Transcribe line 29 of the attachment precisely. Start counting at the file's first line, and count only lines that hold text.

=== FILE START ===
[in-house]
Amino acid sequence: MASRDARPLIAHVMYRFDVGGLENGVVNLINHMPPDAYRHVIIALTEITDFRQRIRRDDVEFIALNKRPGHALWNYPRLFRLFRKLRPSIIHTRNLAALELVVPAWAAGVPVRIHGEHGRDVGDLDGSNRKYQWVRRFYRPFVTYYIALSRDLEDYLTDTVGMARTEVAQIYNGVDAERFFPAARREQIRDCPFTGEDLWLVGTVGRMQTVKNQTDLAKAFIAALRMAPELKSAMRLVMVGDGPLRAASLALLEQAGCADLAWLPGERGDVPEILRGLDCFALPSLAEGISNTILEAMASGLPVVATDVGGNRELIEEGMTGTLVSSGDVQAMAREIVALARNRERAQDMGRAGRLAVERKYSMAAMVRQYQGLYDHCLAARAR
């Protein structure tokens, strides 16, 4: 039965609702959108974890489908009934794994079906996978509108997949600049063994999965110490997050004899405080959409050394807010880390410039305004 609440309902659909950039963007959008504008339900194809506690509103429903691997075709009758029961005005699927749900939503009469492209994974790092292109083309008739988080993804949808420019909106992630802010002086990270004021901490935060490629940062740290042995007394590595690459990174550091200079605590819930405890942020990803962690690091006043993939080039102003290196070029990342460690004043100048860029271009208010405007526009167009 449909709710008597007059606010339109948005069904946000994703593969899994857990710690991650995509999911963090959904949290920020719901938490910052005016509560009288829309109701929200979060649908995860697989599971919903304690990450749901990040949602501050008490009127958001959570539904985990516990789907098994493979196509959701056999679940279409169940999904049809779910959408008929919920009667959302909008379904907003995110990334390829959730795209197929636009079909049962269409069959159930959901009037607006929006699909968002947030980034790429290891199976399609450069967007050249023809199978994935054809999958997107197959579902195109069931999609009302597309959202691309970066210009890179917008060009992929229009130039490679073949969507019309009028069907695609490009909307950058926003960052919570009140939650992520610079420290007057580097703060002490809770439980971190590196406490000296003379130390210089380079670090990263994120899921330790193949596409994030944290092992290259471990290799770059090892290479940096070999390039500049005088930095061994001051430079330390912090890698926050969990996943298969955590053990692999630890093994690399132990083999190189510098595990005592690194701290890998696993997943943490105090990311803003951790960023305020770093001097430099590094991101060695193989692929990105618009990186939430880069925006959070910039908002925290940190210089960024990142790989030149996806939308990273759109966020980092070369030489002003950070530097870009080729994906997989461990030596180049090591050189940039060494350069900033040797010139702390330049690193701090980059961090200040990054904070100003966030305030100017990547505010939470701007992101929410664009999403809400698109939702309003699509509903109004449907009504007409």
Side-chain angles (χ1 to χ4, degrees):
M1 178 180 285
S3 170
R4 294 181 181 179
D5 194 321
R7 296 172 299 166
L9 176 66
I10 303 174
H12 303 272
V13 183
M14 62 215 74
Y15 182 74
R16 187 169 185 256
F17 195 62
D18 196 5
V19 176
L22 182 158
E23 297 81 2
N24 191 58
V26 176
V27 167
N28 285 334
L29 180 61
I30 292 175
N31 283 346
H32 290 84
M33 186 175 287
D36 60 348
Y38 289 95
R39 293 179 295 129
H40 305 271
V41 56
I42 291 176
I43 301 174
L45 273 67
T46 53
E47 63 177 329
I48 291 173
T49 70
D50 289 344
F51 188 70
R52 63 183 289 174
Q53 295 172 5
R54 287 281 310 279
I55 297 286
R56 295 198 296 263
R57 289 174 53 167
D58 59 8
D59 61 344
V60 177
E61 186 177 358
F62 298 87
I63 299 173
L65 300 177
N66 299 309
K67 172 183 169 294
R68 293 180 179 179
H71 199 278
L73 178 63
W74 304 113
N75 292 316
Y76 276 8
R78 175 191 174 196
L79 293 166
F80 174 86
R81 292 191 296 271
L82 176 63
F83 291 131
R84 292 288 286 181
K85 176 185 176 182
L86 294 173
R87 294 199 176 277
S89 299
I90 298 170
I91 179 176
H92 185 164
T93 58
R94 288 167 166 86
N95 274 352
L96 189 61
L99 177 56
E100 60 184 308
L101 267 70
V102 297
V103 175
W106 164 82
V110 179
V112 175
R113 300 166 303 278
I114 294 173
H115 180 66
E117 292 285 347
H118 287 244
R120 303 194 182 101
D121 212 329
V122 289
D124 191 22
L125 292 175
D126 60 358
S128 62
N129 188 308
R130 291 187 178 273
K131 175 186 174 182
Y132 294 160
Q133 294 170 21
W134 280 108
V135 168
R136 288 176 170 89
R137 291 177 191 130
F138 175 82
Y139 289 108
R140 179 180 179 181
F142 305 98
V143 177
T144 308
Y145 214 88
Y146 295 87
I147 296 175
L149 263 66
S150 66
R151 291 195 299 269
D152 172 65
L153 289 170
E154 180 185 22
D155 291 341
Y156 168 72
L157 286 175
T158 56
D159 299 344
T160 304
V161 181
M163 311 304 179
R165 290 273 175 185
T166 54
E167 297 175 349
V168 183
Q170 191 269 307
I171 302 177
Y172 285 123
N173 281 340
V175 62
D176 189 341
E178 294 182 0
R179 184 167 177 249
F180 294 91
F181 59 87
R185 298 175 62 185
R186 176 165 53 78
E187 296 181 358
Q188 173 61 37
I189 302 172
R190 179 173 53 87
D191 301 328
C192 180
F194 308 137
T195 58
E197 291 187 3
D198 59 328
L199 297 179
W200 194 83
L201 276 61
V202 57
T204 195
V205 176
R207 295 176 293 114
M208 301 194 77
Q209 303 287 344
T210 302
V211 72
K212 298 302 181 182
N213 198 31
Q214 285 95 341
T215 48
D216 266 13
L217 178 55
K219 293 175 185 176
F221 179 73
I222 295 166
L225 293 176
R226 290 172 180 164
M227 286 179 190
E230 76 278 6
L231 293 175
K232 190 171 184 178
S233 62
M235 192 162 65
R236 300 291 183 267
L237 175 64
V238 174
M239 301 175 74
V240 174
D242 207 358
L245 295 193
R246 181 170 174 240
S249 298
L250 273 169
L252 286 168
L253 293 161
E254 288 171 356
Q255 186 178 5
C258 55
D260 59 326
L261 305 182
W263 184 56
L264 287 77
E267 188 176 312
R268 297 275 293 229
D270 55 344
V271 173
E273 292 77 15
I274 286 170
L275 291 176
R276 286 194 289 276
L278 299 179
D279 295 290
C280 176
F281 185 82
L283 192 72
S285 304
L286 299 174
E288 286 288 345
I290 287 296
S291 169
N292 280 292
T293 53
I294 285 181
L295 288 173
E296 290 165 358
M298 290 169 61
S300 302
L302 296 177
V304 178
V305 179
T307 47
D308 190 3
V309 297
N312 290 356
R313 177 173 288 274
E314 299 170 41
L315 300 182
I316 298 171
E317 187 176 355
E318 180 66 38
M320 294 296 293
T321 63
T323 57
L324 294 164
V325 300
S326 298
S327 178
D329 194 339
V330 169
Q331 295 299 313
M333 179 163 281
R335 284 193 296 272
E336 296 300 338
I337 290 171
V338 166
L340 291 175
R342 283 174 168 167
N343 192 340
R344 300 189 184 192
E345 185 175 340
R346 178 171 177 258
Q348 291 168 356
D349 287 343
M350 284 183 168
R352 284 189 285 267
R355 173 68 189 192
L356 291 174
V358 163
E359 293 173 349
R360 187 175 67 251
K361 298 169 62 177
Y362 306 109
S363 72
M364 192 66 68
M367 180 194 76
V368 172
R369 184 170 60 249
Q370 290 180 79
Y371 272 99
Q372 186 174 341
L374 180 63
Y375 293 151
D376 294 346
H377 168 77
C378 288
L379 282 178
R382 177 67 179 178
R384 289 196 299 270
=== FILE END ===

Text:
H32 290 84